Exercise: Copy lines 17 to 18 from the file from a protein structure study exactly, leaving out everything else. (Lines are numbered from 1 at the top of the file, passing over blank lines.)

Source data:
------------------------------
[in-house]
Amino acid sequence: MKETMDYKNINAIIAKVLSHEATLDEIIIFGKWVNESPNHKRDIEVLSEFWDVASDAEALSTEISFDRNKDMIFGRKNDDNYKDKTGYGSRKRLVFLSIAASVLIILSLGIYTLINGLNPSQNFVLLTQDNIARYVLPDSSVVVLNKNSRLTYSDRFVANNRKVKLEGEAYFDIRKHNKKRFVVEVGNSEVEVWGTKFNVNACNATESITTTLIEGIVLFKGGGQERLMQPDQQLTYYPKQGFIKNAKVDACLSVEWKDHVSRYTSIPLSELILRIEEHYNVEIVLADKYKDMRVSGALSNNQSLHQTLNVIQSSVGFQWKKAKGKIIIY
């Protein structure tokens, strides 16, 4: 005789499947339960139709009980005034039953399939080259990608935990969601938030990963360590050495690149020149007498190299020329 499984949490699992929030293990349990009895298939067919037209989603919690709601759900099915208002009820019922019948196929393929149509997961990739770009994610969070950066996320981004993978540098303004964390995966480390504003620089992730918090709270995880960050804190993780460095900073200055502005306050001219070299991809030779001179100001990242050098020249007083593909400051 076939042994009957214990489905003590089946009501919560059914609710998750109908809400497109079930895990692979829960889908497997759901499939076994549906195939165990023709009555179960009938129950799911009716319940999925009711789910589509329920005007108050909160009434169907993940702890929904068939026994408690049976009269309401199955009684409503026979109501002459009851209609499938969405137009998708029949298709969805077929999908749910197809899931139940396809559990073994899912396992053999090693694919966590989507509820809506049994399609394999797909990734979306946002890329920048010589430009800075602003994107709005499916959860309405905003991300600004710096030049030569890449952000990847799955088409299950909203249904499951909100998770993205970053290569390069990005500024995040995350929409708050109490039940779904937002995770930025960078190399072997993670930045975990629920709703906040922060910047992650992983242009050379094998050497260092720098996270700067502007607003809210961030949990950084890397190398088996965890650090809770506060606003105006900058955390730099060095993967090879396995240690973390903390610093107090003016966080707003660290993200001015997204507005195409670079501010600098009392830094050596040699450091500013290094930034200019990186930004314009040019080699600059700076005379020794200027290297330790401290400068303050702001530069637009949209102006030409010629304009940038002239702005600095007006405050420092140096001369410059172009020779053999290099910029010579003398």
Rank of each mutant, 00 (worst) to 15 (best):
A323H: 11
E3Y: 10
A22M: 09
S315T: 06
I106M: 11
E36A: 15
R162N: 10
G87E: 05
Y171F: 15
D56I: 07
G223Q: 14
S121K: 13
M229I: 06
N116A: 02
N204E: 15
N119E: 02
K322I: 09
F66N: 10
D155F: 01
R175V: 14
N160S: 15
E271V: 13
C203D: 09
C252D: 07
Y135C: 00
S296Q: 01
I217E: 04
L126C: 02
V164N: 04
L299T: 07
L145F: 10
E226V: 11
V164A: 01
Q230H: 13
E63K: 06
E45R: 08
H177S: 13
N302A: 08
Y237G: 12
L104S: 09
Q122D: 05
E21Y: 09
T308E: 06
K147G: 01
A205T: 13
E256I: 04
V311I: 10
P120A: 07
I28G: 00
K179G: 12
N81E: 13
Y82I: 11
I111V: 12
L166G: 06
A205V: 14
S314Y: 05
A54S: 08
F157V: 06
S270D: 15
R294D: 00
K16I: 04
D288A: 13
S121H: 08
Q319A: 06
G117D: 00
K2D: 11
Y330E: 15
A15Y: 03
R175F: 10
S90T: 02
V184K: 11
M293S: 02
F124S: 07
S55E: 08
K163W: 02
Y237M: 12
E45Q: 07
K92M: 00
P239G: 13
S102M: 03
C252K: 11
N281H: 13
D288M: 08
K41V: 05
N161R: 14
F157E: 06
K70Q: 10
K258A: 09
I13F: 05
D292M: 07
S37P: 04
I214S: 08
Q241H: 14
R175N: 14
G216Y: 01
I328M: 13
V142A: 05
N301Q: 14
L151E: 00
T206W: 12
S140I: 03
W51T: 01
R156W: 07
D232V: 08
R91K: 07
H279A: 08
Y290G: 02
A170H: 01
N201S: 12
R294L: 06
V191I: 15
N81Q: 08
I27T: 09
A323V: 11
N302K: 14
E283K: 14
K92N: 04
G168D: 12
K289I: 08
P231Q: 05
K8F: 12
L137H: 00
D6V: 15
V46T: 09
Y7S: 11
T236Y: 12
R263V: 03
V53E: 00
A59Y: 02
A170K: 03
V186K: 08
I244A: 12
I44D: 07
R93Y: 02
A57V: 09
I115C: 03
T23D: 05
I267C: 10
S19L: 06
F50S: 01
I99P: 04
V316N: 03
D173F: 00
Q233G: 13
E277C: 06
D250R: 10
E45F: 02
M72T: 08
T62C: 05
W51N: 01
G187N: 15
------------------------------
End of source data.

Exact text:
M229I: 06
N116A: 02